Bradshaw, who has both a master's and doctorate degree in education, is fed up with the way we teach our children, and when it came time for her to quit, she didn't mince any words in why she was leaving the field she loves. She shared her resignation letter on a public Facebook post, and now it's spreading like wildfire:
Her clearly heartfelt letter is long but worth the read. It covers a lot of what parents are frustrated about with the education system as a whole, particularly the aspect of testing, which Bradshaw says flies in the face of everything educators know to be appropriate about teaching kids.
Bradshaw begins by talking about how much she loves the field of education, and to be sure, you really must love a job that is so overtaxing and underappreciated (not to mention underpaid) as teaching to put yourself through what could potentially take a decade or more of education to do it. But in the end, there's one thing that is keeping her from continuing in the classroom, and it would break any parent's heart:
I just cannot justify making students cry anymore. They cry with frustration as they are asked to attempt tasks well out of their zone of proximal development. They cry as their hands shake trying to use an antiquated computer mouse on a ten year old desktop computer which they have little experience with, as the computer lab is always closed for testing. Their shoulders slump with defeat as they are put in front of poorly written tests that they cannot read, but must attempt. Their eyes fill with tears as they hunt for letters they have only recently learned so that they can type in responses with little hands which are too small to span the keyboard.
Some kids are great at tests. Some even thrive in that environment. But the majority of children, particularly at the age Bradshaw is referring to — kindergarten through second grade — don't and shouldn't be expected to. It isn't developmentally appropriate and in essence sets children up to fail. At that age, school serves a different purpose. It's for learning the ropes, for making friends and for play-driven learning, not for getting familiar with scan-tron machines and learning how to manage test-induced stress.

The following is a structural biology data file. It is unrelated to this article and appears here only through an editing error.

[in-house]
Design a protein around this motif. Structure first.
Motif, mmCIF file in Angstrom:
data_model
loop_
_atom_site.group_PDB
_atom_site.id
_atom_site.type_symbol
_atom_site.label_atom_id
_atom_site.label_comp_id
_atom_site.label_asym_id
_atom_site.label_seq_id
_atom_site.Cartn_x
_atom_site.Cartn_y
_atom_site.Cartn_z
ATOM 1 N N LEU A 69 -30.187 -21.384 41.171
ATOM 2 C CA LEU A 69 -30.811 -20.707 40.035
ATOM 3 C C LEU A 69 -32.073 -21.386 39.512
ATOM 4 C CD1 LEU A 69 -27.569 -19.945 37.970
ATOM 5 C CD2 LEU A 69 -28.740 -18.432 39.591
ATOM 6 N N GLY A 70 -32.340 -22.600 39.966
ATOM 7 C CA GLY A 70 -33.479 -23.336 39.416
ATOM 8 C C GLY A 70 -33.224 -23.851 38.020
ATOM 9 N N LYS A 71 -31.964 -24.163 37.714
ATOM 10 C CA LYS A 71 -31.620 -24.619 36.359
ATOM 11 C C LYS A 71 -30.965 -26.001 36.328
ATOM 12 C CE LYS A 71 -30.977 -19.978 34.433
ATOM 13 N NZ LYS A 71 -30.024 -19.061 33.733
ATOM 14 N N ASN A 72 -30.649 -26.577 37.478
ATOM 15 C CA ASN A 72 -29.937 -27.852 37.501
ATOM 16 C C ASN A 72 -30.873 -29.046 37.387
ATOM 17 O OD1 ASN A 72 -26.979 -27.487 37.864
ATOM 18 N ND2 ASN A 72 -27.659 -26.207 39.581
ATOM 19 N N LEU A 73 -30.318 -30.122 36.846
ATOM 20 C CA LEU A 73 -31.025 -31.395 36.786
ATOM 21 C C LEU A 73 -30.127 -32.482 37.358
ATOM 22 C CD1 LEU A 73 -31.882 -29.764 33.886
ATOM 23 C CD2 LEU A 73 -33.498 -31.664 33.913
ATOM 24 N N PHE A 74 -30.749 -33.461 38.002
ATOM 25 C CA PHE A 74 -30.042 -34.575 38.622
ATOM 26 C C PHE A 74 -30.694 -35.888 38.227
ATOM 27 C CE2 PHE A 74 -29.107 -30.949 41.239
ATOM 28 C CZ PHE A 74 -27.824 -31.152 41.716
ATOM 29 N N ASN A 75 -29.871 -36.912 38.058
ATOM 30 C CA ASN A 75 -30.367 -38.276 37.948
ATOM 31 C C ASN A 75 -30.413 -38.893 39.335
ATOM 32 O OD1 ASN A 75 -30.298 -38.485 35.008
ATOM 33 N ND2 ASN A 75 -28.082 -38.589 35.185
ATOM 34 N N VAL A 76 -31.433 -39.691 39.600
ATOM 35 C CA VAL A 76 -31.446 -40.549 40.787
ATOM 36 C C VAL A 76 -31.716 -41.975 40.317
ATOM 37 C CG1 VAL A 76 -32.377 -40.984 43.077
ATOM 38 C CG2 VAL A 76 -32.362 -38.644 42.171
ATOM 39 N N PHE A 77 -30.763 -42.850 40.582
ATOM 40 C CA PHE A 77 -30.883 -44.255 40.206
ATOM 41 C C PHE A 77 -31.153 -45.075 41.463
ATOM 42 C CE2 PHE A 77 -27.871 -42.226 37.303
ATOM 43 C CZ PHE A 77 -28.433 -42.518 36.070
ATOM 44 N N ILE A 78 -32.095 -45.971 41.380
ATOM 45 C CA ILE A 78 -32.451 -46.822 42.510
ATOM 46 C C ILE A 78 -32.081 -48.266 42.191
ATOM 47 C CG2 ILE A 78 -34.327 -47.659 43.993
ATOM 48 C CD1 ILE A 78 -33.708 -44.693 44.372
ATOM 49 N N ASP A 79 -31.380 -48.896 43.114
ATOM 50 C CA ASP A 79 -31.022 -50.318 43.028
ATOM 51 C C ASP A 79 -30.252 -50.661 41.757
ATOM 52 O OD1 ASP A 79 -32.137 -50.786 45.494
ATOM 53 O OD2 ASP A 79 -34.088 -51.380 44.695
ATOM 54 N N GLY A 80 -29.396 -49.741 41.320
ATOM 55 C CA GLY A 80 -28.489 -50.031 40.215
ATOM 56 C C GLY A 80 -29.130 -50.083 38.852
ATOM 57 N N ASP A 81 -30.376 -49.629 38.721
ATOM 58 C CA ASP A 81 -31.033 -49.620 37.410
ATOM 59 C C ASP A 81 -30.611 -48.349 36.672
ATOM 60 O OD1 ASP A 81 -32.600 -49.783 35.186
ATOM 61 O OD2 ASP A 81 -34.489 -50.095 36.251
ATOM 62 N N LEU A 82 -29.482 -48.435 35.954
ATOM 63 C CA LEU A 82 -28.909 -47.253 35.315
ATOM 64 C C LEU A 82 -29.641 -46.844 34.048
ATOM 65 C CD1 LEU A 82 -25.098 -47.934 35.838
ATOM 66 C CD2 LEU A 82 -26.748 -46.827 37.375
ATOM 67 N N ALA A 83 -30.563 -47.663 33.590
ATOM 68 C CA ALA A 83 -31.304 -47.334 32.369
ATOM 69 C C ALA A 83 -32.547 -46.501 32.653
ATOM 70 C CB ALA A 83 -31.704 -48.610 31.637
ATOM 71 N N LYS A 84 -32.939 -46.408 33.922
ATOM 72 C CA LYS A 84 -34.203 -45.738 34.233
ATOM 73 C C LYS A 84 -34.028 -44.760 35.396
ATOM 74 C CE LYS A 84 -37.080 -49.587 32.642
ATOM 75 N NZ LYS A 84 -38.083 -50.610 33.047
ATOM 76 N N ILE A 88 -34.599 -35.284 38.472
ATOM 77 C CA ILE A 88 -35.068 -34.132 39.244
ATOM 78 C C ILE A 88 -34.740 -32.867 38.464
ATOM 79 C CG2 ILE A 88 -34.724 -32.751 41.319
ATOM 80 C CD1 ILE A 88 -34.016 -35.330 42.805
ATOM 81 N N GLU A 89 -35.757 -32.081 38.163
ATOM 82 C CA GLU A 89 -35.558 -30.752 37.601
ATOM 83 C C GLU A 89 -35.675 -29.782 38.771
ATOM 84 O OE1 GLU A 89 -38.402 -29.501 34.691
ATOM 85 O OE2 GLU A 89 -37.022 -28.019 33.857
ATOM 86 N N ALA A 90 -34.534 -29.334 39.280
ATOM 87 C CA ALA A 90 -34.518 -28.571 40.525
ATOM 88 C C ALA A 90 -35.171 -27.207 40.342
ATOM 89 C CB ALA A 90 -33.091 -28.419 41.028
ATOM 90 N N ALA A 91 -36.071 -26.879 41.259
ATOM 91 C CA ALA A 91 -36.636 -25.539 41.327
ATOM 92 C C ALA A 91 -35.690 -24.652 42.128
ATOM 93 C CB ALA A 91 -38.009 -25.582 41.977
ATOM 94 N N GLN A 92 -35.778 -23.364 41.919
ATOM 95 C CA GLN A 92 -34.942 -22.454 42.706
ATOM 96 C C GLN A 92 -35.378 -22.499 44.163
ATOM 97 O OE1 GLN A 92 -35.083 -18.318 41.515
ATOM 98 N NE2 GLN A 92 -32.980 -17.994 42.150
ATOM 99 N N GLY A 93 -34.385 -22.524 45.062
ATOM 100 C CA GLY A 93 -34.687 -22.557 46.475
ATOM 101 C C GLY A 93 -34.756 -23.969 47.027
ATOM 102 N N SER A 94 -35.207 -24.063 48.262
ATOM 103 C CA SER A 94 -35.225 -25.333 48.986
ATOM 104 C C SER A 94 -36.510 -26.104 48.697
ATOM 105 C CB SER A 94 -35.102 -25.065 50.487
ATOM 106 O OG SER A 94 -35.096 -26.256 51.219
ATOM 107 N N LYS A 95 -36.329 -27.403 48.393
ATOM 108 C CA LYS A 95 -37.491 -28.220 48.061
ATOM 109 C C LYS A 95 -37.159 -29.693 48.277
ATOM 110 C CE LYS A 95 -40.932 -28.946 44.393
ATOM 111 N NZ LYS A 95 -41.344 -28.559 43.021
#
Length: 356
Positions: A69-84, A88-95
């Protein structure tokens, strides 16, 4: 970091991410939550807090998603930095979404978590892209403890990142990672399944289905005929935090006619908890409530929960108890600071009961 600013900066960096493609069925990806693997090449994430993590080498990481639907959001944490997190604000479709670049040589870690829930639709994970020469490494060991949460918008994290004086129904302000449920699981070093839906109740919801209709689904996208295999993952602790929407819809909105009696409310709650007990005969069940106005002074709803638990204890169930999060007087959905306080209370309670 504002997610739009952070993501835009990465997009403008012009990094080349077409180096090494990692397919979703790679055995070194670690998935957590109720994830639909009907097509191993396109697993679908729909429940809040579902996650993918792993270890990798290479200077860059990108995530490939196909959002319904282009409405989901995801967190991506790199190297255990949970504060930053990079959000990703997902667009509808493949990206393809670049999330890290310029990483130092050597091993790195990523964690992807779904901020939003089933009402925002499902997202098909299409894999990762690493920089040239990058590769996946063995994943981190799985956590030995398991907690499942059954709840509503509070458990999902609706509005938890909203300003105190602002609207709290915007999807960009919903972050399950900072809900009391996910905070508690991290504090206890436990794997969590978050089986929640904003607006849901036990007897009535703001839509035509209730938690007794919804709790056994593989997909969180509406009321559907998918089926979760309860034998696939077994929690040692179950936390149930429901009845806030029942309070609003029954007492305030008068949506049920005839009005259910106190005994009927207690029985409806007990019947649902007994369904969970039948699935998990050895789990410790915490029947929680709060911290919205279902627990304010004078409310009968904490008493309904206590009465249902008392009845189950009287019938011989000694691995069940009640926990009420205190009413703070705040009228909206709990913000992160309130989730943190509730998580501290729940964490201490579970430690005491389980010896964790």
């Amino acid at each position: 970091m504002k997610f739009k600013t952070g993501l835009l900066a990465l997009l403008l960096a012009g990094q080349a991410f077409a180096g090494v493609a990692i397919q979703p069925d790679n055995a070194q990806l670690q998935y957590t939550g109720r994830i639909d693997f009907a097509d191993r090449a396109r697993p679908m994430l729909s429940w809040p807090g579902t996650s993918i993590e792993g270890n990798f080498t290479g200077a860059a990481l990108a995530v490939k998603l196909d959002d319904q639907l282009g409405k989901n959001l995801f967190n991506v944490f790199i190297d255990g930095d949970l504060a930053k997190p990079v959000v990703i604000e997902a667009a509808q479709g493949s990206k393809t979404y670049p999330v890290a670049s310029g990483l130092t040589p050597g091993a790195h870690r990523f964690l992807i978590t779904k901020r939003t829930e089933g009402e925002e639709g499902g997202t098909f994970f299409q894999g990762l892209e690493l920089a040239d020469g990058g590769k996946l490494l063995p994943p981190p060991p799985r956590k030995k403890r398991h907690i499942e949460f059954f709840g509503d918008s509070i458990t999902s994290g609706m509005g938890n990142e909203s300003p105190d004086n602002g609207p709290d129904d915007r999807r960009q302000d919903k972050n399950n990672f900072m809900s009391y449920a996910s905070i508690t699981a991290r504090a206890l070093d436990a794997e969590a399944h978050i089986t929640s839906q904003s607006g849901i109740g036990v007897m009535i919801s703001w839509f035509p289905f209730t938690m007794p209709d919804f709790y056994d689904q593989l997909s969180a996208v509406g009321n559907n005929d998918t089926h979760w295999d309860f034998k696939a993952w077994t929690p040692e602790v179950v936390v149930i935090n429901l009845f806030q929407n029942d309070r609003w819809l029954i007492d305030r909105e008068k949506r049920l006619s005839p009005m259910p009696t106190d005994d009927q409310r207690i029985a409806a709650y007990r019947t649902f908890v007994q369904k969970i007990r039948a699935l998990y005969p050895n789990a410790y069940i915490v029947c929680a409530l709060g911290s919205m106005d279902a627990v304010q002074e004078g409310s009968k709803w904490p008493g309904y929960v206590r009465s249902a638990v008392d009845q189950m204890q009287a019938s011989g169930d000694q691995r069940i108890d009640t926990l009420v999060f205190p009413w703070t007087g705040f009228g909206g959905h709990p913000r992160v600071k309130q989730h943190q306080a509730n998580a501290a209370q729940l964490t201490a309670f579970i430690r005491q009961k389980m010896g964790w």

Any parent with a child of testing age knows exactly where she's coming from. With so much money tied up in how kids perform on arbitrary tests, there is way too much pressure on kids to perform at an age where they aren't equipped to manage the havoc that pressure can wreak on their little brains and bodies.
Indeed, it was the birth of her own child that spurred her to action. In what might be the most poignant part of her letter, Bradshaw talks about the birth of her daughter:
On June 8, 2015 my life changed when I gave birth to my daughter. I remember cradling her in the hospital bed on our first night together and thinking, “In five years you will be in kindergarten and will go to school with me.” That thought should have brought me joy, but instead it brought dread. I will not subject my child to this disordered system, and I can no longer in good conscience be a part of it myself. Please accept my resignation from Polk County Public Schools.
We ask a lot of our teachers. We want them highly trained. We want them to do what's best for our kids. We want them to implement the best teaching practices and differentiate them to our children's needs. So why won't we let them?
Florida lost a good teacher in Wendy Bradshaw. It shouldn't take the loss of skilled individuals for our schools and government to take notice, but if it does, and if they do, maybe some changes for the better will finally be made.
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